The article cites two limitations,
- Because HTTPS connections are encrypted, the application has to be modified to use HTTP protocol so that Istio can scan the payload.
- This is “not a security feature“, because the Host header can be faked.
To understand these limitations, we should first examine how a HTTP request looks like.
GET /examples/apis.html HTTP/1.1 Host: www.googleapis.com User-Agent: curl/7.35.0 Accept: text/html,application/xhtml+xml,application/xml;q=0.9,*/*;q=0.8 Accept-Language: en-us,en;q=0.5 Accept-Encoding: gzip,deflate
In the above example, you can see that when you type,
in the first portion of the URL, ‘www.googleapis.com’, does not appear in the first line of the HTTP request, which only contains the path. It shows up as the Host header. This header is where Istio looks for to match the domain defined in its network policy. If HTTPS is used, everything here is transmitted encrypted so Istio cannot find it. A compromised container can replace the header and trick Istio to allow traffic to a malicious IP.
In fact, the third limitation that the documentation doesn’t mention is that this approach only works with HTTP. We cannot define a policy to limit access to our PostgreSQL database cluster.
Istio Egress Gateway
An alternative method of egress control in Istio is to funnel all egress traffic through an egress gateway running within the cluster. However, while this is more secure than the egress control through the sidecar proxy, it can be bypassed and is prone to configuration errors. From the Istio docs a caution reads “Istio cannot securely enforce that all egress traffic actually flows through the egress gateway…”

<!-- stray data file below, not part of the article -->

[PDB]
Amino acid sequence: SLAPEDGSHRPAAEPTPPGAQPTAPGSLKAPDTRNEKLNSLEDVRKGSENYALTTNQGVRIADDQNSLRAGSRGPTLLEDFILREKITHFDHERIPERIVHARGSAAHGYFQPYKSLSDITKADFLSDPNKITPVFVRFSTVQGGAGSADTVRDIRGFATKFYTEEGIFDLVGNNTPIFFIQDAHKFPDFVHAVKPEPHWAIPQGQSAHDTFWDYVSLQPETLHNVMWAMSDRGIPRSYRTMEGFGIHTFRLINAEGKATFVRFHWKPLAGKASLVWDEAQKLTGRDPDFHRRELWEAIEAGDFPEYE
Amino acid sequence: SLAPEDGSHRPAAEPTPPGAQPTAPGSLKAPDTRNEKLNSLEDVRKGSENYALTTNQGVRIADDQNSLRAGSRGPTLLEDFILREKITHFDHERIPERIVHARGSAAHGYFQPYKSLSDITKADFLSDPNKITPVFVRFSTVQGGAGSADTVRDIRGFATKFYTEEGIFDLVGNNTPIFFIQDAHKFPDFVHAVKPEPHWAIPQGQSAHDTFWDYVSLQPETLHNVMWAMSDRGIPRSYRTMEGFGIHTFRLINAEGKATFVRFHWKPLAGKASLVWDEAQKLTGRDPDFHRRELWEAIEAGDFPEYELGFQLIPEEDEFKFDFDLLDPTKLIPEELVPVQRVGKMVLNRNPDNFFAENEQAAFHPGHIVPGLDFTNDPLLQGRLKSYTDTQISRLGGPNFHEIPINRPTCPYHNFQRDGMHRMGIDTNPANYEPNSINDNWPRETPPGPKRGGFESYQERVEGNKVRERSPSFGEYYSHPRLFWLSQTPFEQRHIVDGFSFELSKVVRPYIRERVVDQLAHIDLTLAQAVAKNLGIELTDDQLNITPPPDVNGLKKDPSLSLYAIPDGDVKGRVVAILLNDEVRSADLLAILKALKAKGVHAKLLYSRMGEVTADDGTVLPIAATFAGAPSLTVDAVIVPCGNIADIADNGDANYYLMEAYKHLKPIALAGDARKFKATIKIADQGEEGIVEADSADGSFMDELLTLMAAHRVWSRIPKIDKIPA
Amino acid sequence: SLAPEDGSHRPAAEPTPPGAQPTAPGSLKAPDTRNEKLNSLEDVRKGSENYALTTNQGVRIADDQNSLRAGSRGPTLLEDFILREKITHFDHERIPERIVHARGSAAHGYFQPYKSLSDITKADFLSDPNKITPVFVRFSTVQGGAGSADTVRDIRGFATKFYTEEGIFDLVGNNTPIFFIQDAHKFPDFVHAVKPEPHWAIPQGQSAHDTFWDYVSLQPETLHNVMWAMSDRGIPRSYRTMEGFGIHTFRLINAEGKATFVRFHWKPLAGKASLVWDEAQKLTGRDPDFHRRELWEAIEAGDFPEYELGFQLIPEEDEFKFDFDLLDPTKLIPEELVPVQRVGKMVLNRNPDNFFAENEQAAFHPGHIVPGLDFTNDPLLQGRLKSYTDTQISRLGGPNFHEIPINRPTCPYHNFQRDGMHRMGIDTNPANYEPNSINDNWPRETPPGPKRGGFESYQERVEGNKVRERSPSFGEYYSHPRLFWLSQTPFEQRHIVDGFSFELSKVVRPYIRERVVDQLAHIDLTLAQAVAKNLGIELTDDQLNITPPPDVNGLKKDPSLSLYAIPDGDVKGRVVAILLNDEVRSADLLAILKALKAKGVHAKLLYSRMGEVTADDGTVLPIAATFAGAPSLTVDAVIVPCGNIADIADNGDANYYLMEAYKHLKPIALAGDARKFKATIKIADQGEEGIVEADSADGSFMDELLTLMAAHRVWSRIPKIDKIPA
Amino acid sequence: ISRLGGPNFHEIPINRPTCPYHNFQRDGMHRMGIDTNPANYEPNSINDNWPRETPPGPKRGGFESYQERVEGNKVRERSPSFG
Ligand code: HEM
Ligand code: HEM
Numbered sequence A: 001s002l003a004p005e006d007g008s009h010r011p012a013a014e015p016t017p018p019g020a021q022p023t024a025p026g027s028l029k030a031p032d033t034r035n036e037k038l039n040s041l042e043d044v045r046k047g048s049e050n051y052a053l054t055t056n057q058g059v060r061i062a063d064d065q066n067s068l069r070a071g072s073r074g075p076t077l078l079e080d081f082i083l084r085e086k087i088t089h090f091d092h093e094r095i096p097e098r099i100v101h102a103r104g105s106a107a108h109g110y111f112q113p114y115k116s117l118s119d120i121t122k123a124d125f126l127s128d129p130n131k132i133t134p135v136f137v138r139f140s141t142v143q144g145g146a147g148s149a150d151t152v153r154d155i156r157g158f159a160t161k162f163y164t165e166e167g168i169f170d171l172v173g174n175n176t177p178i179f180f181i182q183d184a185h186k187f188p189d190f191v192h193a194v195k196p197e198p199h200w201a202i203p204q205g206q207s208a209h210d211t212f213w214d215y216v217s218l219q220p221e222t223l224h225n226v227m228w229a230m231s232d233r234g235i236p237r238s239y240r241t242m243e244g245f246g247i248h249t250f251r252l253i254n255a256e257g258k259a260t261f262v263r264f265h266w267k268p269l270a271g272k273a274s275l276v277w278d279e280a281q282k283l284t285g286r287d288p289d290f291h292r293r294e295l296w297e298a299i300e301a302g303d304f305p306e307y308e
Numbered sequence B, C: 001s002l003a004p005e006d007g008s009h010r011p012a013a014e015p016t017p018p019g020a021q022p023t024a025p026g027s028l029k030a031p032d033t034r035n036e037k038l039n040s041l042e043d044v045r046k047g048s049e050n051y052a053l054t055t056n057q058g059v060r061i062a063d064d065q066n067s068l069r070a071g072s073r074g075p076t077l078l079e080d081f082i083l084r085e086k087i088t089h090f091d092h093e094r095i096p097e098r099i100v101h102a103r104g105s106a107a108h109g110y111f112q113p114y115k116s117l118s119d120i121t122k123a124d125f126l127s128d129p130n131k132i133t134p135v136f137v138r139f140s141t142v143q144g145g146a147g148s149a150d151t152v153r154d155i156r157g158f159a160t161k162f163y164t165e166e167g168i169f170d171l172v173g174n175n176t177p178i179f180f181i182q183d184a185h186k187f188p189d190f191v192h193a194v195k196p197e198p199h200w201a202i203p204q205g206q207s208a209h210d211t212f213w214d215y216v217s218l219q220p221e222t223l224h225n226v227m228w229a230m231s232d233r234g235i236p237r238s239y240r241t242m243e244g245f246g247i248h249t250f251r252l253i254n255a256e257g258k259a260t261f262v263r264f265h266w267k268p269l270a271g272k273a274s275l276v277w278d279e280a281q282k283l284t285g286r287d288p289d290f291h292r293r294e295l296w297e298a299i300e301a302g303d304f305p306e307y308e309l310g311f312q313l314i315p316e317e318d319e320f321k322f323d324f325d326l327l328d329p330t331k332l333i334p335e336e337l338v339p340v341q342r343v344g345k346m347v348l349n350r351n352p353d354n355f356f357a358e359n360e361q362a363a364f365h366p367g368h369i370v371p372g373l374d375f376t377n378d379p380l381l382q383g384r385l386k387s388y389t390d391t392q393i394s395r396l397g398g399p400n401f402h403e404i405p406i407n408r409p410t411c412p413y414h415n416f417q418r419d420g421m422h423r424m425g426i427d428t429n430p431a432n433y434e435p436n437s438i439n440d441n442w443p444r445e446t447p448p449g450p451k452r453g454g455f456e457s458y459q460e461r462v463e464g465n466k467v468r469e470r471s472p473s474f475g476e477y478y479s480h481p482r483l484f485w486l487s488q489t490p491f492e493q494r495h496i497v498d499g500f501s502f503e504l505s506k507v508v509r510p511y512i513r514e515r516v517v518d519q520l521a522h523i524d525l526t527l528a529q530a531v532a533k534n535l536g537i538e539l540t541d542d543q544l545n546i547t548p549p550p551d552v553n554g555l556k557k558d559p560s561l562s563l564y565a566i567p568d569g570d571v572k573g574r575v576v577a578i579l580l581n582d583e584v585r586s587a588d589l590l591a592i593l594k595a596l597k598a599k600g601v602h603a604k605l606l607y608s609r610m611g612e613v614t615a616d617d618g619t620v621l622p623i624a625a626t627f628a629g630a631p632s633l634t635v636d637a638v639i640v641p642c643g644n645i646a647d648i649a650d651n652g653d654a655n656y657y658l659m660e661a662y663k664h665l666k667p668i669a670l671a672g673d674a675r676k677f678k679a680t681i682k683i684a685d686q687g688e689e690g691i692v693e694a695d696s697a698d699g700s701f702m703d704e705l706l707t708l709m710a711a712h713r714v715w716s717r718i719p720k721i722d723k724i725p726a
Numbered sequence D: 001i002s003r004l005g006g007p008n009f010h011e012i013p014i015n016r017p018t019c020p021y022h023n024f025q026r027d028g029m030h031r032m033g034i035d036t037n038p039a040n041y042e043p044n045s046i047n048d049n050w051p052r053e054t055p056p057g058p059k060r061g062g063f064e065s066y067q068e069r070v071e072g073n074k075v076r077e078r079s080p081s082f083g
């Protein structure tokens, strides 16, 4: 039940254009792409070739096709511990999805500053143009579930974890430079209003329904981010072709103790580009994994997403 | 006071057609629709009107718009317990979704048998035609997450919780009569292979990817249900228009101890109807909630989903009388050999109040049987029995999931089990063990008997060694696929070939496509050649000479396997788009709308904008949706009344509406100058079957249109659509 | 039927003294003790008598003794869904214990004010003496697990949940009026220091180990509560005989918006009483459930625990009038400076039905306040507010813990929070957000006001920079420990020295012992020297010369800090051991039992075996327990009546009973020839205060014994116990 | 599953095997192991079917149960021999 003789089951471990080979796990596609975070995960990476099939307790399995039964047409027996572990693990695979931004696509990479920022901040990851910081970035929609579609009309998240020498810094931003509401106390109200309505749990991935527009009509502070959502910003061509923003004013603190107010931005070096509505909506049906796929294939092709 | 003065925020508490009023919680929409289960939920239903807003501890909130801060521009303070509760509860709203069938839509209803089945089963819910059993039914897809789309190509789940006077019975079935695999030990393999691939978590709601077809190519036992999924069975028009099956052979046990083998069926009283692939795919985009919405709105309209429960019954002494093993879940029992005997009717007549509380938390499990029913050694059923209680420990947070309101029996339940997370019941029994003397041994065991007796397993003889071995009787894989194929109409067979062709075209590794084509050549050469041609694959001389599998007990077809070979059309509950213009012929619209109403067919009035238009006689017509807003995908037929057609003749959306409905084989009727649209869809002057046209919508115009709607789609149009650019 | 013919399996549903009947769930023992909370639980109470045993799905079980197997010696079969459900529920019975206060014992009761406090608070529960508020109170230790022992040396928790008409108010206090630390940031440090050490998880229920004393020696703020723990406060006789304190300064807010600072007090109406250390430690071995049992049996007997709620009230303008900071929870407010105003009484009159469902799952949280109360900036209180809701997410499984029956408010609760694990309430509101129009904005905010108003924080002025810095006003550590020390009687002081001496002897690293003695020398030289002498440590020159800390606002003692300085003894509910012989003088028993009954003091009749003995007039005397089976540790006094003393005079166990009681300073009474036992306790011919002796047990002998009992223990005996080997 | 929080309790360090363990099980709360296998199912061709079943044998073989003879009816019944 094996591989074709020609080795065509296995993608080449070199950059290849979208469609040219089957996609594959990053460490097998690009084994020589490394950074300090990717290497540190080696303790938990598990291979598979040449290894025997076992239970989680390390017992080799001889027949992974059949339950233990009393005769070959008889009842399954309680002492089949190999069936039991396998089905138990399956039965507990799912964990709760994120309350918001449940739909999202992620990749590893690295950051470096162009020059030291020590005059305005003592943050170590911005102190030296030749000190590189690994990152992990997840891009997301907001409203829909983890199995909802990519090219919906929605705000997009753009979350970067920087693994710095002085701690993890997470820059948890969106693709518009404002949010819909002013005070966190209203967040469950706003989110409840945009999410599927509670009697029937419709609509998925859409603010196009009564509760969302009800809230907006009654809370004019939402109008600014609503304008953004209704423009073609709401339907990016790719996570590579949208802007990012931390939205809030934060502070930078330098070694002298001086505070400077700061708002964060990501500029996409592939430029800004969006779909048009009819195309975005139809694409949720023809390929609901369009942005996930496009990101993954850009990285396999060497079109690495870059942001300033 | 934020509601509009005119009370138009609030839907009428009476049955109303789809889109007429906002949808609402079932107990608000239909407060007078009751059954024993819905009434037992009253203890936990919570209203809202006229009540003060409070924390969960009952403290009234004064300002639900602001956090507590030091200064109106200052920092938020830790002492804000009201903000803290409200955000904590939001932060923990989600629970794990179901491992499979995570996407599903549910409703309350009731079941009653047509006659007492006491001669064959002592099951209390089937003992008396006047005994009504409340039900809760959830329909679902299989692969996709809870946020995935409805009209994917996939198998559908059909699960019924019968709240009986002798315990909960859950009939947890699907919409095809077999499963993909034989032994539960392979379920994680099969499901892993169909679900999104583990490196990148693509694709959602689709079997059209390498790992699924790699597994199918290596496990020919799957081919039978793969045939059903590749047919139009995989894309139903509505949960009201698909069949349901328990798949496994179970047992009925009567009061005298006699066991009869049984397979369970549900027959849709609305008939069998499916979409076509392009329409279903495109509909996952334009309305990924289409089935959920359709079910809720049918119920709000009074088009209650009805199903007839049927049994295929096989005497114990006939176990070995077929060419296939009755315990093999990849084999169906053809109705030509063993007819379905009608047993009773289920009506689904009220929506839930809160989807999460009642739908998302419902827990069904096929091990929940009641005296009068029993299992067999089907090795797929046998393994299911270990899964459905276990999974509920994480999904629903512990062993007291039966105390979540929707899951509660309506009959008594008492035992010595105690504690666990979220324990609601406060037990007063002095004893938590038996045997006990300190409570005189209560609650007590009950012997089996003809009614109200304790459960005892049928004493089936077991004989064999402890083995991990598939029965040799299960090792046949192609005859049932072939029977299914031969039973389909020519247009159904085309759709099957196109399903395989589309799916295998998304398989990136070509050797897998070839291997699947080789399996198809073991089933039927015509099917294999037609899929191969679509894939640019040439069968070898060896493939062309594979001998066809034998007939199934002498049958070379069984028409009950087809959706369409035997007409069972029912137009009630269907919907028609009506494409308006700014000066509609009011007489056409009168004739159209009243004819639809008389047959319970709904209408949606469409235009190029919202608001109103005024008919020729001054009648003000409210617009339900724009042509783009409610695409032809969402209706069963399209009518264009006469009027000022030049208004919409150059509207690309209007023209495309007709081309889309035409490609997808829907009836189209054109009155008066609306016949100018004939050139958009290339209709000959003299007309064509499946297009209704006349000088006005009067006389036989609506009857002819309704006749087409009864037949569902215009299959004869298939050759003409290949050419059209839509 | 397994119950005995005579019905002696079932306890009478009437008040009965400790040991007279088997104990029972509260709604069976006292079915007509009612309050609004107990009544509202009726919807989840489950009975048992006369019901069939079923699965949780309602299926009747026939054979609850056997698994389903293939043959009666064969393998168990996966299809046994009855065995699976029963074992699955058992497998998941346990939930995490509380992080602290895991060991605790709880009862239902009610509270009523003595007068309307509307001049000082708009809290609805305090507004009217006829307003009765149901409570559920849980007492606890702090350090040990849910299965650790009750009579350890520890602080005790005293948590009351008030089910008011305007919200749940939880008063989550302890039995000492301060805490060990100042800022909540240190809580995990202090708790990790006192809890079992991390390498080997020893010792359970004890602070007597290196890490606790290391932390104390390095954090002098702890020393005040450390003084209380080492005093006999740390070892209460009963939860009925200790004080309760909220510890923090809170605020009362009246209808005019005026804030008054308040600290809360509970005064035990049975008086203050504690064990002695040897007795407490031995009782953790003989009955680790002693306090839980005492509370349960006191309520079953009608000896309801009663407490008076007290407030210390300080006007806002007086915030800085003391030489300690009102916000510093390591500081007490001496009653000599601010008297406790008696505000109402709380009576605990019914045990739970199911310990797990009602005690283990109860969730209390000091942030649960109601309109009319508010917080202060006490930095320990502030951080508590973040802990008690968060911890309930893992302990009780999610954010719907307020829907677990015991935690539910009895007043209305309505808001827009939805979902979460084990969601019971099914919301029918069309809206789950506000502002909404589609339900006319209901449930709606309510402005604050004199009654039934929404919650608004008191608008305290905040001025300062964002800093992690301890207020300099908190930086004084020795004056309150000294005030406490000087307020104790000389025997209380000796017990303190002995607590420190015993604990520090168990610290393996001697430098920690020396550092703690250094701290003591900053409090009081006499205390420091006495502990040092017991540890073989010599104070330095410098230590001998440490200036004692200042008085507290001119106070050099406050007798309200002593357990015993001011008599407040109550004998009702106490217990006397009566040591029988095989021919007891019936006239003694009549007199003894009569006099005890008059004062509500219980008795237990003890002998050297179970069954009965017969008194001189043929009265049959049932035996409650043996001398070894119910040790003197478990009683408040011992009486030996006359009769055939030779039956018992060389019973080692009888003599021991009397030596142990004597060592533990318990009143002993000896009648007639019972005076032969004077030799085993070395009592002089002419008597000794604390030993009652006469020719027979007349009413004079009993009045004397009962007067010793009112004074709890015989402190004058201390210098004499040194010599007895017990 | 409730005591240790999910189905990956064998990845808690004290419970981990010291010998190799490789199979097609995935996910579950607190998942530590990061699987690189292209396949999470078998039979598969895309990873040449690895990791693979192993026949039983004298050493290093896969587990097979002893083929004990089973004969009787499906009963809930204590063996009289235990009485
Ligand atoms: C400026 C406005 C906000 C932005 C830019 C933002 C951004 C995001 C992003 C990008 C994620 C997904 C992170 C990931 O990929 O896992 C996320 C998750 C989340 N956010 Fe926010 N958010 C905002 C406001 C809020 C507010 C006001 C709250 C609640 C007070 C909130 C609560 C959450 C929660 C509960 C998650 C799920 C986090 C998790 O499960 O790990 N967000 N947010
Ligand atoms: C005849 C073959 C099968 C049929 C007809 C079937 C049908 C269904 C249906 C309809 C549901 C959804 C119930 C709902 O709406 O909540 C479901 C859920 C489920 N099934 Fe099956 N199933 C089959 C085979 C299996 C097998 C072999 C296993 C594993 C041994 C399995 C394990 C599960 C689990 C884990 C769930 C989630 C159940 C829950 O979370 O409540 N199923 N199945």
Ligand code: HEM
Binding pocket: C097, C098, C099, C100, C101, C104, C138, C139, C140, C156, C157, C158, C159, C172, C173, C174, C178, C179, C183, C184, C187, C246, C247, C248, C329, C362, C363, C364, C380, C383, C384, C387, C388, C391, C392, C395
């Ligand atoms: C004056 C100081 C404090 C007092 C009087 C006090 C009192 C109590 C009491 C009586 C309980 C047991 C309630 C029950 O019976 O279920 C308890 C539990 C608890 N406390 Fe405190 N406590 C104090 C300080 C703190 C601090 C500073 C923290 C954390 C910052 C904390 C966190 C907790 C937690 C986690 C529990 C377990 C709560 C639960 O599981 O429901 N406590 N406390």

This means that in order to make sure all egress traffic flows through the gateway, additional controls are required. For example, Kubernetes network policy, as discussed first, could be used to block egress except through the gateway. This adds complexity and potential for misconfiguration that could lead to connections leaking out of the cluster without the admin team knowing about it.
Egress Controls for Container Security with NeuVector
Once the NeuVector Enforcer container is deployed on a container host, it automatically starts monitoring the container network connections on that host with DPI technology (deep packet inspection). DPI enables NeuVector to discover attacks in the network. It can also be used to identify applications and enforce a network policy at the application level when deployed as a complete Kubernetes security solution.